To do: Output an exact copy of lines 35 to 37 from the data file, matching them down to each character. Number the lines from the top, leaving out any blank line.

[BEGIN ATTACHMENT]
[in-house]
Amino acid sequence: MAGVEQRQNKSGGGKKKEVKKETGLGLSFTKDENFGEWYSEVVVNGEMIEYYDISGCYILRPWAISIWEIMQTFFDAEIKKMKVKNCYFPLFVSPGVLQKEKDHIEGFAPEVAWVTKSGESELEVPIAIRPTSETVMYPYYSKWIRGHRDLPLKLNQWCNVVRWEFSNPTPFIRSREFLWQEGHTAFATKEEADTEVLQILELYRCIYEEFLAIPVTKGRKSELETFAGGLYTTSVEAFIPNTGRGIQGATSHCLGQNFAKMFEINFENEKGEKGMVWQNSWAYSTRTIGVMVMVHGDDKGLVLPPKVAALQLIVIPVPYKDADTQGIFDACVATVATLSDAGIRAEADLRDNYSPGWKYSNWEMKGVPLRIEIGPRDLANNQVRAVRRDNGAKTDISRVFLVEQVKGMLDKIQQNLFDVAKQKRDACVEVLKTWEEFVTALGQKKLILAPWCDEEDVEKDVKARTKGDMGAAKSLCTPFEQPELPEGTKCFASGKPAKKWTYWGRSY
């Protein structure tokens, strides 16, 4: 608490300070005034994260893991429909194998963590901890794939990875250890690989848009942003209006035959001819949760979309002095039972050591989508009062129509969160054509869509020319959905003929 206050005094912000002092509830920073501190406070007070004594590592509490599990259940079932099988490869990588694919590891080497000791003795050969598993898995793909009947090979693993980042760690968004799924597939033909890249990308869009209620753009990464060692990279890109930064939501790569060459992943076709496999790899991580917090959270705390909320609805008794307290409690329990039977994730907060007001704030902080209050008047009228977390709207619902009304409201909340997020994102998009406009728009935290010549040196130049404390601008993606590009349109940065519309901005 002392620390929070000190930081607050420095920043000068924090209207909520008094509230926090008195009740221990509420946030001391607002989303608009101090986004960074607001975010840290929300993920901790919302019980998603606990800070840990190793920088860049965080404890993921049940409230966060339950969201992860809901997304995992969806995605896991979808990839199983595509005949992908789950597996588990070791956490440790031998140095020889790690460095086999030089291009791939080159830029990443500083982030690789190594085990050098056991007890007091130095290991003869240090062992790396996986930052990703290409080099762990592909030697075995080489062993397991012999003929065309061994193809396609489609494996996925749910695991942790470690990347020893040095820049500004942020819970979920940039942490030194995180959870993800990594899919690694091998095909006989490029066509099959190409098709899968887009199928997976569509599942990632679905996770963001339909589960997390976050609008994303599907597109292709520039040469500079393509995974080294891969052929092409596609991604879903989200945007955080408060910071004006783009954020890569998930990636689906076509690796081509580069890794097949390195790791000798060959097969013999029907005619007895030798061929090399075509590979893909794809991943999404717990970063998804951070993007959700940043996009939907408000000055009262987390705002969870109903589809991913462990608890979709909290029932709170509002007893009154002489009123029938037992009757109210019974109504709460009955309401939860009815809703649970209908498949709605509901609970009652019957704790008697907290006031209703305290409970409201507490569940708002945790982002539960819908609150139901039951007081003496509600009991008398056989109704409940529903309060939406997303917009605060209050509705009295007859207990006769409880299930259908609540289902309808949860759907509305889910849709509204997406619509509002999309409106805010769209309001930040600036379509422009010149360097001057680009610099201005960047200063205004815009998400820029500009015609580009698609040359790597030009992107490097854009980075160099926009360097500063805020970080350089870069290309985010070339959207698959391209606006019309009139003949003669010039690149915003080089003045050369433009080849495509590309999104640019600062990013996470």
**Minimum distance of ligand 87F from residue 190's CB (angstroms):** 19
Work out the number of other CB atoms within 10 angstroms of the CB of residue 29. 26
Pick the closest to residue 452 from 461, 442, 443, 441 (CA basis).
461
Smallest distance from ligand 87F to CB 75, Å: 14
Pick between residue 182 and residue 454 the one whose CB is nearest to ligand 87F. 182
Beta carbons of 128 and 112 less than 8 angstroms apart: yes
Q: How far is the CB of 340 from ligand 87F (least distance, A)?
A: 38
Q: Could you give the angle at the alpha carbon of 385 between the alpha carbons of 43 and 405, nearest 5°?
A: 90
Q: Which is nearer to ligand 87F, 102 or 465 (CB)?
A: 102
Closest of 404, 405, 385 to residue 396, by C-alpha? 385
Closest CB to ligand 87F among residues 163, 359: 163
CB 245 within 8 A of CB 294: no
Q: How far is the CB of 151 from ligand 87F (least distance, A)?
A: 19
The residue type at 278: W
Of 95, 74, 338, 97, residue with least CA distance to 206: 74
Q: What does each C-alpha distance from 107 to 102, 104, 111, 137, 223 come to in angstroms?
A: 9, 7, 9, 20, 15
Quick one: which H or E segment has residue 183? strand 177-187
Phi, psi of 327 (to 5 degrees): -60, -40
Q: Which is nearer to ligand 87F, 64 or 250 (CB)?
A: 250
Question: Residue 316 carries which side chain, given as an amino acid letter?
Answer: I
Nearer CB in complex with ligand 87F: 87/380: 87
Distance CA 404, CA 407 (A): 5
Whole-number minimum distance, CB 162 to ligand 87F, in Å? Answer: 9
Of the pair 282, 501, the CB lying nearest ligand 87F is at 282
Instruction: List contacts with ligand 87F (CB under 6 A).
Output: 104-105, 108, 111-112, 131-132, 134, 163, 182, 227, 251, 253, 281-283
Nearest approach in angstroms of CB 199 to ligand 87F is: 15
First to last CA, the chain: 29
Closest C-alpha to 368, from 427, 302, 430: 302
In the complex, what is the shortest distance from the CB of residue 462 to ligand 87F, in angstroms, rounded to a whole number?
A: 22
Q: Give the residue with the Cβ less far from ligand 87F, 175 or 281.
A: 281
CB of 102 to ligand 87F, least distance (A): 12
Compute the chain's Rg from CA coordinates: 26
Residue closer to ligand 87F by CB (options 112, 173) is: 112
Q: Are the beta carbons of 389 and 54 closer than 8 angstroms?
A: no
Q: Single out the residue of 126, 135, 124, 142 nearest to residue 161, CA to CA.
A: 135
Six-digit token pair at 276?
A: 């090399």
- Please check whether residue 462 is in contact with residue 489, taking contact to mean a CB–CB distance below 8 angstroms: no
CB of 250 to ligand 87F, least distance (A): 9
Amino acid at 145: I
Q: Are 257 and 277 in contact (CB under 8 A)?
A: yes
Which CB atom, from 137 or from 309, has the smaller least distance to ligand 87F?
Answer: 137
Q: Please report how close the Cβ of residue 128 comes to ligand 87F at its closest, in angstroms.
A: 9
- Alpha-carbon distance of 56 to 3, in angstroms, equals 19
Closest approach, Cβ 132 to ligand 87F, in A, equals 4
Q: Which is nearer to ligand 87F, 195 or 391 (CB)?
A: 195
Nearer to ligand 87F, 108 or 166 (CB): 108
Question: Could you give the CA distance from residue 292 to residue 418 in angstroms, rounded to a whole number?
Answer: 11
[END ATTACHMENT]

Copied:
Of the pair 282, 501, the CB lying nearest ligand 87F is at 282
Instruction: List contacts with ligand 87F (CB under 6 A).
Output: 104-105, 108, 111-112, 131-132, 134, 163, 182, 227, 251, 253, 281-283